The Subcommittee on Commerce, Trade, and Consumer Protection will consider a bill that would allow the Federal Trade Commission (FTC) to prohibit any bowl game from calling itself a "national championship" unless the game is "the final game of a single elimination post-season playoff system." The subcommittee is expected to vote on the proposal on Wednesday after a line-by-line consideration of the bill.
"With everything going on in the country, I can't believe that Congress is wasting time and spending taxpayers' money on football," Bill Hancock, the BCS executive director, said in a phone interview with The Associated Press. "We feel strongly that managing of college sports is best left to the people in higher education."
All considered, we here at TPS feel strongly that managing sports is best left to those in Congress.
As a side note, I don't like the default response of "we want to fix this and we're going to do it through regulation." Why not do it through the following: Universities are nonprofit entities, which means they get favorable tax status on a wide swath of income-generating activities. If we're going to coerce schools into acting a certain way-- not justifying the action-- why not threaten to remove their favorable tax position? I think the schools would respond as desired, they wouldn't end up any different on their bottom line (as separate from a different bottom line from a playoff vs. a BCS system) since they'd ultimately maintain their current tax position, and we wouldn't have the troublesome side effects inherent in regulation. Note the teeth of the bill:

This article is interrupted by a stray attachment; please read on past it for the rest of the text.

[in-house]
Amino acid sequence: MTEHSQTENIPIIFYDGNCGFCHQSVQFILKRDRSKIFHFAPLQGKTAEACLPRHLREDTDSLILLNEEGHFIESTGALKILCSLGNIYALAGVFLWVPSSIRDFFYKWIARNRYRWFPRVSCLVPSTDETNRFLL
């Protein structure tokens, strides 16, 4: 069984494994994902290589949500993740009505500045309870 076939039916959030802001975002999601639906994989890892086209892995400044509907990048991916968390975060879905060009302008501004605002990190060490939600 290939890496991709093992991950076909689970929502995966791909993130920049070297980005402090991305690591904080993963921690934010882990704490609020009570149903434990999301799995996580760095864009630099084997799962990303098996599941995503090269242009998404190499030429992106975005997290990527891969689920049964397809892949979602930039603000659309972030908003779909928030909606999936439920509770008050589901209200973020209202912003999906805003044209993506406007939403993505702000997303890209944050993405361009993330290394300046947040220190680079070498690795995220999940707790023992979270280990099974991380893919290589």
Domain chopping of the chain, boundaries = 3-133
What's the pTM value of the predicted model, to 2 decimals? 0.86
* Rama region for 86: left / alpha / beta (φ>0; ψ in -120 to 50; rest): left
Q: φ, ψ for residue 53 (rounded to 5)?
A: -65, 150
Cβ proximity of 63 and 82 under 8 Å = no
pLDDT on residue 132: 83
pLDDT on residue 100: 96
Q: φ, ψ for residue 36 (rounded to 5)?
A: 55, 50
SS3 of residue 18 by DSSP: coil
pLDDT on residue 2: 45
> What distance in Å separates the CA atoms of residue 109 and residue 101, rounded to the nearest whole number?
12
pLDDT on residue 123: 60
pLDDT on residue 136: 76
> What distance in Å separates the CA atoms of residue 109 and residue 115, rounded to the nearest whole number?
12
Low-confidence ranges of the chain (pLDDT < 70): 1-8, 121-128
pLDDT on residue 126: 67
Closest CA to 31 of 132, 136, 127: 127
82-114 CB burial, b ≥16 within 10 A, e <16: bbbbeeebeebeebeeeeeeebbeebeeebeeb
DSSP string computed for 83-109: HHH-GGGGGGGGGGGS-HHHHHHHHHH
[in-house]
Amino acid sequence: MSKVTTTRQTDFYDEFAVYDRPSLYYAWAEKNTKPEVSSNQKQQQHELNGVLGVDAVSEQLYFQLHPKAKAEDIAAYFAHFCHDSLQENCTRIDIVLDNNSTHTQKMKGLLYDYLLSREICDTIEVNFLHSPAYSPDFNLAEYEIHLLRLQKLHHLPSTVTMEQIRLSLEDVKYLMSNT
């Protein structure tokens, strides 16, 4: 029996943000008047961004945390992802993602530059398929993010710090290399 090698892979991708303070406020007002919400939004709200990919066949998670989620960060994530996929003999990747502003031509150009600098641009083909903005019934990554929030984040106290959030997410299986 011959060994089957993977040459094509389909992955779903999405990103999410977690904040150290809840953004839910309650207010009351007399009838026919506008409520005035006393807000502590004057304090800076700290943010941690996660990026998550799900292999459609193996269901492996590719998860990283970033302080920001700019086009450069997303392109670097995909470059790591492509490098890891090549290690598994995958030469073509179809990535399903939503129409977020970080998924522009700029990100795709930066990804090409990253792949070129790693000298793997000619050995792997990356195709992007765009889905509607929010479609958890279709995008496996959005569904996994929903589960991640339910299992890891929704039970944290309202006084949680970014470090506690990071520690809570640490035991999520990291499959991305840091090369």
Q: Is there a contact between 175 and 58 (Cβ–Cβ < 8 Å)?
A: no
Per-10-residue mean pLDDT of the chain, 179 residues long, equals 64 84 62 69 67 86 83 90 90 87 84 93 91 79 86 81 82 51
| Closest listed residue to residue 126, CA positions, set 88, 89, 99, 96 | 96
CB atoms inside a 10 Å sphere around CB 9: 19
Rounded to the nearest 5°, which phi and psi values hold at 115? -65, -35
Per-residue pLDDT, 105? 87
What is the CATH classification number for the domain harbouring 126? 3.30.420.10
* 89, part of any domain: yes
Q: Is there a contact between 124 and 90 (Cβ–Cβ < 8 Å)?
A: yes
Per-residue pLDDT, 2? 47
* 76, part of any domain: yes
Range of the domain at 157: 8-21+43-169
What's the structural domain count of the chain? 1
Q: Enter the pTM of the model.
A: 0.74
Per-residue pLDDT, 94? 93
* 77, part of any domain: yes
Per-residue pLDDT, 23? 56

The bill would give the FTC the authority to regulate the college football postseason with the power to obtain injunctions and to assess huge fines against any organization that promotes a "national championship game."
You don't think someone could find a way around that? What about calling it the "Game to Decide the Best Team in College Football" instead? Maybe that still falls under the expanding jurisdiction of the FTC but you get my drift.
Not that taxation or regulation is ever a desirable outcome, but given the choice, I'd go for a more evenly applied tax code than shoveling on more regulation. Splitting hairs, perhaps, but I don't like the default position.
UPDATE: The relevant subcommittee moved the bill forward this morning.